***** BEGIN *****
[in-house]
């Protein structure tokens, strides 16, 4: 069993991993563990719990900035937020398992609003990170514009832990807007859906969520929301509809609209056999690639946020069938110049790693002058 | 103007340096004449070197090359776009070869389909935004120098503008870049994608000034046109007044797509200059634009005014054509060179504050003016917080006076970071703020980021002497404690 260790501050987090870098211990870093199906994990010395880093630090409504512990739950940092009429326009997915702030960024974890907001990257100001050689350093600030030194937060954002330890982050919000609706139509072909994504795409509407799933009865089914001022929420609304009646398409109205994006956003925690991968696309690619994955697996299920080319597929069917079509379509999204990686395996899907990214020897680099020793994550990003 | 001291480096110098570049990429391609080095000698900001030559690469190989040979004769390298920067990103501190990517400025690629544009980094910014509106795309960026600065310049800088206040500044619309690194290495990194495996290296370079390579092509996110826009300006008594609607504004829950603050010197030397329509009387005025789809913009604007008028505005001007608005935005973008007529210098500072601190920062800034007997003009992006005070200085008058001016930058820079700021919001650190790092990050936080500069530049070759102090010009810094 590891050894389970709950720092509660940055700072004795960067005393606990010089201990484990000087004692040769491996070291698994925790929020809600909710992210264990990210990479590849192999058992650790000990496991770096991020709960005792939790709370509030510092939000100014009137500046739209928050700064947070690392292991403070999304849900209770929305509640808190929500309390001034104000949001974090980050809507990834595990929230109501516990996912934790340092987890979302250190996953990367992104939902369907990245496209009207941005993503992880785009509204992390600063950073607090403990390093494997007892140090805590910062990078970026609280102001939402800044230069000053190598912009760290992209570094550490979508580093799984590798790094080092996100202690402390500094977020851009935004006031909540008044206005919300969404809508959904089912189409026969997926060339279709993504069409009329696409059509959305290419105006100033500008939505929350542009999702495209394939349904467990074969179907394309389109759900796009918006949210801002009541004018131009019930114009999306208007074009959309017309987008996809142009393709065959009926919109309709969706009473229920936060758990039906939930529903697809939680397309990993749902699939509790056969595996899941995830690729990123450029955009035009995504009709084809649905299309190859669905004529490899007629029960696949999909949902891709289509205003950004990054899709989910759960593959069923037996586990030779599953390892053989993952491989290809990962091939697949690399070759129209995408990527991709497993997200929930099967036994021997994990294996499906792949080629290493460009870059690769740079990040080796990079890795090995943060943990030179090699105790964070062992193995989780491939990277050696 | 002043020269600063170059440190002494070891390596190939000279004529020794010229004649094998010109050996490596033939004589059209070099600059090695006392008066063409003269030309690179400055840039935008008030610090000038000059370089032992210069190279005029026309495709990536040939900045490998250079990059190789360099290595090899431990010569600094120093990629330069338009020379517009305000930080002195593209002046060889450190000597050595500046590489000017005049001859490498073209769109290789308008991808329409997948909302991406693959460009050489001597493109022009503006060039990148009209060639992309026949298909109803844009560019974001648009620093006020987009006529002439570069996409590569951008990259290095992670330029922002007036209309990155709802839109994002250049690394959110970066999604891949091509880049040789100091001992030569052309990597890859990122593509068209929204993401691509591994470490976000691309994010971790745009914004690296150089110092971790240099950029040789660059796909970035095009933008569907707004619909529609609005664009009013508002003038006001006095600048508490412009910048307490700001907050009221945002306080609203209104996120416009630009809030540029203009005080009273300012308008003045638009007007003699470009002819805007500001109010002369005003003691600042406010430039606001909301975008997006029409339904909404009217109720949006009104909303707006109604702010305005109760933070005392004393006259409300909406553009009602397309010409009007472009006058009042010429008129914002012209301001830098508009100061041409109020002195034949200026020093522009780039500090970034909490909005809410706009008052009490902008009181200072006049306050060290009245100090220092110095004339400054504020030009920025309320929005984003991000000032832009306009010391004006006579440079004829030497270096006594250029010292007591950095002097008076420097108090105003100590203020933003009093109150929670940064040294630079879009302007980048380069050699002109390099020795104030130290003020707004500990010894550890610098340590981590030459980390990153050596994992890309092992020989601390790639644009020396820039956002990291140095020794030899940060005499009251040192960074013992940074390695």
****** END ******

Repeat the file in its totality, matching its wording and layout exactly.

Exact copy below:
[in-house]
């Protein structure tokens, strides 16, 4: 069993991993563990719990900035937020398992609003990170514009832990807007859906969520929301509809609209056999690639946020069938110049790693002058 | 103007340096004449070197090359776009070869389909935004120098503008870049994608000034046109007044797509200059634009005014054509060179504050003016917080006076970071703020980021002497404690 260790501050987090870098211990870093199906994990010395880093630090409504512990739950940092009429326009997915702030960024974890907001990257100001050689350093600030030194937060954002330890982050919000609706139509072909994504795409509407799933009865089914001022929420609304009646398409109205994006956003925690991968696309690619994955697996299920080319597929069917079509379509999204990686395996899907990214020897680099020793994550990003 | 001291480096110098570049990429391609080095000698900001030559690469190989040979004769390298920067990103501190990517400025690629544009980094910014509106795309960026600065310049800088206040500044619309690194290495990194495996290296370079390579092509996110826009300006008594609607504004829950603050010197030397329509009387005025789809913009604007008028505005001007608005935005973008007529210098500072601190920062800034007997003009992006005070200085008058001016930058820079700021919001650190790092990050936080500069530049070759102090010009810094 590891050894389970709950720092509660940055700072004795960067005393606990010089201990484990000087004692040769491996070291698994925790929020809600909710992210264990990210990479590849192999058992650790000990496991770096991020709960005792939790709370509030510092939000100014009137500046739209928050700064947070690392292991403070999304849900209770929305509640808190929500309390001034104000949001974090980050809507990834595990929230109501516990996912934790340092987890979302250190996953990367992104939902369907990245496209009207941005993503992880785009509204992390600063950073607090403990390093494997007892140090805590910062990078970026609280102001939402800044230069000053190598912009760290992209570094550490979508580093799984590798790094080092996100202690402390500094977020851009935004006031909540008044206005919300969404809508959904089912189409026969997926060339279709993504069409009329696409059509959305290419105006100033500008939505929350542009999702495209394939349904467990074969179907394309389109759900796009918006949210801002009541004018131009019930114009999306208007074009959309017309987008996809142009393709065959009926919109309709969706009473229920936060758990039906939930529903697809939680397309990993749902699939509790056969595996899941995830690729990123450029955009035009995504009709084809649905299309190859669905004529490899007629029960696949999909949902891709289509205003950004990054899709989910759960593959069923037996586990030779599953390892053989993952491989290809990962091939697949690399070759129209995408990527991709497993997200929930099967036994021997994990294996499906792949080629290493460009870059690769740079990040080796990079890795090995943060943990030179090699105790964070062992193995989780491939990277050696 | 002043020269600063170059440190002494070891390596190939000279004529020794010229004649094998010109050996490596033939004589059209070099600059090695006392008066063409003269030309690179400055840039935008008030610090000038000059370089032992210069190279005029026309495709990536040939900045490998250079990059190789360099290595090899431990010569600094120093990629330069338009020379517009305000930080002195593209002046060889450190000597050595500046590489000017005049001859490498073209769109290789308008991808329409997948909302991406693959460009050489001597493109022009503006060039990148009209060639992309026949298909109803844009560019974001648009620093006020987009006529002439570069996409590569951008990259290095992670330029922002007036209309990155709802839109994002250049690394959110970066999604891949091509880049040789100091001992030569052309990597890859990122593509068209929204993401691509591994470490976000691309994010971790745009914004690296150089110092971790240099950029040789660059796909970035095009933008569907707004619909529609609005664009009013508002003038006001006095600048508490412009910048307490700001907050009221945002306080609203209104996120416009630009809030540029203009005080009273300012308008003045638009007007003699470009002819805007500001109010002369005003003691600042406010430039606001909301975008997006029409339904909404009217109720949006009104909303707006109604702010305005109760933070005392004393006259409300909406553009009602397309010409009007472009006058009042010429008129914002012209301001830098508009100061041409109020002195034949200026020093522009780039500090970034909490909005809410706009008052009490902008009181200072006049306050060290009245100090220092110095004339400054504020030009920025309320929005984003991000000032832009306009010391004006006579440079004829030497270096006594250029010292007591950095002097008076420097108090105003100590203020933003009093109150929670940064040294630079879009302007980048380069050699002109390099020795104030130290003020707004500990010894550890610098340590981590030459980390990153050596994992890309092992020989601390790639644009020396820039956002990291140095020794030899940060005499009251040192960074013992940074390695």